SOLVING AND LAYING OUT A
SIMPLE CURVE Now let’s solve and lay out a simple curve using the
arc definition, which is the definition you will more often use as an EA. In
figure 1110, let’s assume that the directions of the back and forward
tangents and the location of the PI
have previously been
staked, but the tangent distances have not been measured. Let’s also assume
that stations have been set as far as Station 18 + 00. The specified degree of
curve (D) is 15°,
arc definition. Our job is to stake halfstations on the curve.
Solving a Simple Curve
We will begin by first determining the distance from
Station 18 + 00 to the location of the PI.
Since these points have
been staked, we can determine the distance by field measurement. Let’s assume
we have measured this distance and found it to be 300.89 feet. Next, we set up a
transit at the PI and
determine that deflection angle I
is 75°. Since I
always equals D,
then D
is also 75°, Now we can compute the radius of the curve, the tangent distance,
and the length of curve as follows:
From these computed values, we can determine the stations
of the PI, PC, and
PT as
follows:
By studying figure 1110 and remembering that
our task is to stake halfstation intervals, you can see that the first half
station after the PC is
Station 18 + 50 and the last half station before the PT
is 23+ 00; therefore,
the distance from the PC
to Station 18 + 00 is
42.2 feet [(18 + 50)  (18 + 07.80)]. Similarly, the distance from Station 23+
00 to the PT
is 7.8 feet. These distances are used to compute the deflection angles for the
subchords using the formula for deflection angles (d=
.3CD) as follows:
A convenient method of determining the deflection angle
(d) for
each full chord is to remember that d
equals
1/2D for 100foot
chords, 1/4D for
50foot chords, 1/8D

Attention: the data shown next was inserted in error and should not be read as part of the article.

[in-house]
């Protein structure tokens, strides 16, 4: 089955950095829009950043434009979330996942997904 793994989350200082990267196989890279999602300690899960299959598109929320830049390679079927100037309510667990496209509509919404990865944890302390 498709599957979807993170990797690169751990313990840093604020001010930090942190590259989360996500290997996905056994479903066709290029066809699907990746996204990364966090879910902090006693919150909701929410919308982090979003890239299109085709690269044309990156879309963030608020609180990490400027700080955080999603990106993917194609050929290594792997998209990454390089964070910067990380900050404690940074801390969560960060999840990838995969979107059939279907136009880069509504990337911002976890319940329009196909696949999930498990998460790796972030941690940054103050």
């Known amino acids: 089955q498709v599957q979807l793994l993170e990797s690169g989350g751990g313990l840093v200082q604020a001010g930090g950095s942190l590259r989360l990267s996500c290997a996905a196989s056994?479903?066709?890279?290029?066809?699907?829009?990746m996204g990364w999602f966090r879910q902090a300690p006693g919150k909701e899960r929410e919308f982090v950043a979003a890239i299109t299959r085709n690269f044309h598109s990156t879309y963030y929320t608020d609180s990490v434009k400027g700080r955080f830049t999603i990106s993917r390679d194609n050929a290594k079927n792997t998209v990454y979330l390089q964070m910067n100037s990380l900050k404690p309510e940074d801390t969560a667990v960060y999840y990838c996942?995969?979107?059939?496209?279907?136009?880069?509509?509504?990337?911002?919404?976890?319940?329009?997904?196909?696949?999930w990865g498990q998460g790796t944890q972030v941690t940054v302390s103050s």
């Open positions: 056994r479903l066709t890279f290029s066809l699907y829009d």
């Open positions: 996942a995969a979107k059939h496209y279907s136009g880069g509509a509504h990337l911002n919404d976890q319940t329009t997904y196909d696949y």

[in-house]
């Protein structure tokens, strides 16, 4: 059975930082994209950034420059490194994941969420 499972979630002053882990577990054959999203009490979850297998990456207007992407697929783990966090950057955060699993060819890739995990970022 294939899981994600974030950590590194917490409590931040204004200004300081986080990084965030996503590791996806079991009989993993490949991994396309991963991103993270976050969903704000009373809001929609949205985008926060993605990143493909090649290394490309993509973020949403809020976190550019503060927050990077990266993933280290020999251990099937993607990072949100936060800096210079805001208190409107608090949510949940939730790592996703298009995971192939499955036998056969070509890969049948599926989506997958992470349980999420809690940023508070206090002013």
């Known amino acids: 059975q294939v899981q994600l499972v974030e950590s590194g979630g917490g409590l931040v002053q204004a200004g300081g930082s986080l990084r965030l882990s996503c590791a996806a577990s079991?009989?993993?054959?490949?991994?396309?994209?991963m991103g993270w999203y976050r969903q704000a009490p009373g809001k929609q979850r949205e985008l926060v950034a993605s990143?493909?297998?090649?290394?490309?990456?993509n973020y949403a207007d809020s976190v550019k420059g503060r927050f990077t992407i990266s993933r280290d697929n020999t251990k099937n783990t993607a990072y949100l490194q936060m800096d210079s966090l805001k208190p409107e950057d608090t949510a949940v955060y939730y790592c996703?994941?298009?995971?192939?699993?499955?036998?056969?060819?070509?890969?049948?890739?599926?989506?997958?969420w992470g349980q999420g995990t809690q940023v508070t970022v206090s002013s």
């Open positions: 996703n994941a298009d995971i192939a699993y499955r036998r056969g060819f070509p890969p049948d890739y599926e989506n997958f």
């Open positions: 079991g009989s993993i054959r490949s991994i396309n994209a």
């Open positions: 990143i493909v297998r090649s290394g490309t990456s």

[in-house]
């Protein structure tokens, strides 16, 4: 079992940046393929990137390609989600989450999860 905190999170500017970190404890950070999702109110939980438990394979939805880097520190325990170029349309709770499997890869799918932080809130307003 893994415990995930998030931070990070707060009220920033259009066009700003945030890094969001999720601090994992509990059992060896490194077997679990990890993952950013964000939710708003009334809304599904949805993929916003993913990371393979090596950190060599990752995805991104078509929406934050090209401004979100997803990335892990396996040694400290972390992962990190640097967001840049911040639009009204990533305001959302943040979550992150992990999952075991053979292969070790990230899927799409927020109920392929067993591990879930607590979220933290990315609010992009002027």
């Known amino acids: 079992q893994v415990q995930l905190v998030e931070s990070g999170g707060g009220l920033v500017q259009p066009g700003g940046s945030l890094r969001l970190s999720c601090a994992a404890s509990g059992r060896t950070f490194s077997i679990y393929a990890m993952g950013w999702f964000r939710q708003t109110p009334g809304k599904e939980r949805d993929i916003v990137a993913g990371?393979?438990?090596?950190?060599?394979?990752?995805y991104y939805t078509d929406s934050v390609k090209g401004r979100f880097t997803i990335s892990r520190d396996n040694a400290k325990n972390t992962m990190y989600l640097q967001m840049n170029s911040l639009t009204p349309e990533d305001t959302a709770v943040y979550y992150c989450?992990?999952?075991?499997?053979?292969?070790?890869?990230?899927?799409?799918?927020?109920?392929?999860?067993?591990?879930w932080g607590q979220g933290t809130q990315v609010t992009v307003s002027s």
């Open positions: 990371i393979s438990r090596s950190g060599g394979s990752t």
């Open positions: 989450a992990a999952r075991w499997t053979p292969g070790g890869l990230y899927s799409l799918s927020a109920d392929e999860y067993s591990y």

for 25foot chords, and 1/20D
for 10foot chords. In
this case, since we are staking 50foot stations, d
= 15/4, or 3°45’.
Previously, we discussed the difference in length between arcs and chords. In
that discussion, you learned that to be within allowable error, the recommended
chord length for an 8 to 16degree curve is 25 feet. Since in this example we
are using 50foot chords, the length of the chords must be adjusted. The
adjusted lengths are computed using a rearrangement of the formula for the sine
of deflection angles as follows:
As you can see, in this case, there is little difference between the original
and adjusted chord lengths; however, if we were using 100foot stations rather
than 50foot stations, the adjusted difference for each full chord would be
substantial (over 3 inches).
Now, remembering our previous discussion of deflection
angles and chords, you know that all of the deflection
angles are usually turned using a transit that is set up at the PC.
The deflection angles
that we turn are found by cumulating the individual deflection angles from the PC
to the PT
as shown below:
Notice that the deflection angle
at the PT is
equal to one half of the I
angle. That serves as a
check of your computations. Had the deflection angle been anything different
than one half of the I angle,
then a mistake would have been made.
Since the total of the deflection angles should be onehalf of the I
angle, a problem arises
when the I
angle contains an odd number of minutes and the instrument used is a 1minute
transit. Since the PT is
normally staked before the curve is run, the total deflection will be a check on
the PC therefore,
it should be computed to the nearest 0.5 degree. If the total deflection checks
to the nearest minute in the field, it can be considered correct.
The curve that was just solved had an I
angle of 75° and a
degree of curve of 15°. When the I
angle and degree of
curve consists of both degrees and minutes, the procedure in solving the curve
does not change; but you must be careful in substituting these values into the
formulas for length and deflection angles; for example I
= 42°15’, D
= 5°37’. The minutes
in each angle must be changed to a decimal part of a degree. To obtain the
required accuracy, you should convert them to five decimal places; but an
alternate method for computing the length is to convert the I
angle and degree of
curve to minutes; thus, 42°15’ = 2,535 minutes and 5°37’ = 337 minutes.
Substituting this information into the length formula gives the following:
This method gives an exact
result. By converting the minutes to a decimal part of a degree to the nearest
fives places, you obtain the same result.